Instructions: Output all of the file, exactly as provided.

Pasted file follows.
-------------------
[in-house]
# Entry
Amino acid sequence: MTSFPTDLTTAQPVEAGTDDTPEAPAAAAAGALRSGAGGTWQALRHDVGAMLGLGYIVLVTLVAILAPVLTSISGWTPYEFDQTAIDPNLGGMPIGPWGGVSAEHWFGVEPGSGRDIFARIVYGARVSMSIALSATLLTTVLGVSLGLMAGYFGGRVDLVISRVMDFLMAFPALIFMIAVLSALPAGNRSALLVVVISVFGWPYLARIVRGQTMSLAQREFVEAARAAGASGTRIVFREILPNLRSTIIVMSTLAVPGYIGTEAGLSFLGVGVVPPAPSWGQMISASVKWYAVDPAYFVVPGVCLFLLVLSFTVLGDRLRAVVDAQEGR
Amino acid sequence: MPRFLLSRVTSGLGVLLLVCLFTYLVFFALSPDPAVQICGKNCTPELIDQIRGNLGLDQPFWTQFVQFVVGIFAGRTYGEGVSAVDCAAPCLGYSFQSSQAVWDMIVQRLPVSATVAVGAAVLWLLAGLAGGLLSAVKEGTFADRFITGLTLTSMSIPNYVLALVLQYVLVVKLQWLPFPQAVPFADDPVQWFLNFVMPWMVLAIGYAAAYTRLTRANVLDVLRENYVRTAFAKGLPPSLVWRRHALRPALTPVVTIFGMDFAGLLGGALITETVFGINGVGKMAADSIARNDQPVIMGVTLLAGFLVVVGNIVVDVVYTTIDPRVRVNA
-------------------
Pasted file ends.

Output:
[in-house]
# Entry
Amino acid sequence: MTSFPTDLTTAQPVEAGTDDTPEAPAAAAAGALRSGAGGTWQALRHDVGAMLGLGYIVLVTLVAILAPVLTSISGWTPYEFDQTAIDPNLGGMPIGPWGGVSAEHWFGVEPGSGRDIFARIVYGARVSMSIALSATLLTTVLGVSLGLMAGYFGGRVDLVISRVMDFLMAFPALIFMIAVLSALPAGNRSALLVVVISVFGWPYLARIVRGQTMSLAQREFVEAARAAGASGTRIVFREILPNLRSTIIVMSTLAVPGYIGTEAGLSFLGVGVVPPAPSWGQMISASVKWYAVDPAYFVVPGVCLFLLVLSFTVLGDRLRAVVDAQEGR
Amino acid sequence: MPRFLLSRVTSGLGVLLLVCLFTYLVFFALSPDPAVQICGKNCTPELIDQIRGNLGLDQPFWTQFVQFVVGIFAGRTYGEGVSAVDCAAPCLGYSFQSSQAVWDMIVQRLPVSATVAVGAAVLWLLAGLAGGLLSAVKEGTFADRFITGLTLTSMSIPNYVLALVLQYVLVVKLQWLPFPQAVPFADDPVQWFLNFVMPWMVLAIGYAAAYTRLTRANVLDVLRENYVRTAFAKGLPPSLVWRRHALRPALTPVVTIFGMDFAGLLGGALITETVFGINGVGKMAADSIARNDQPVIMGVTLLAGFLVVVGNIVVDVVYTTIDPRVRVNA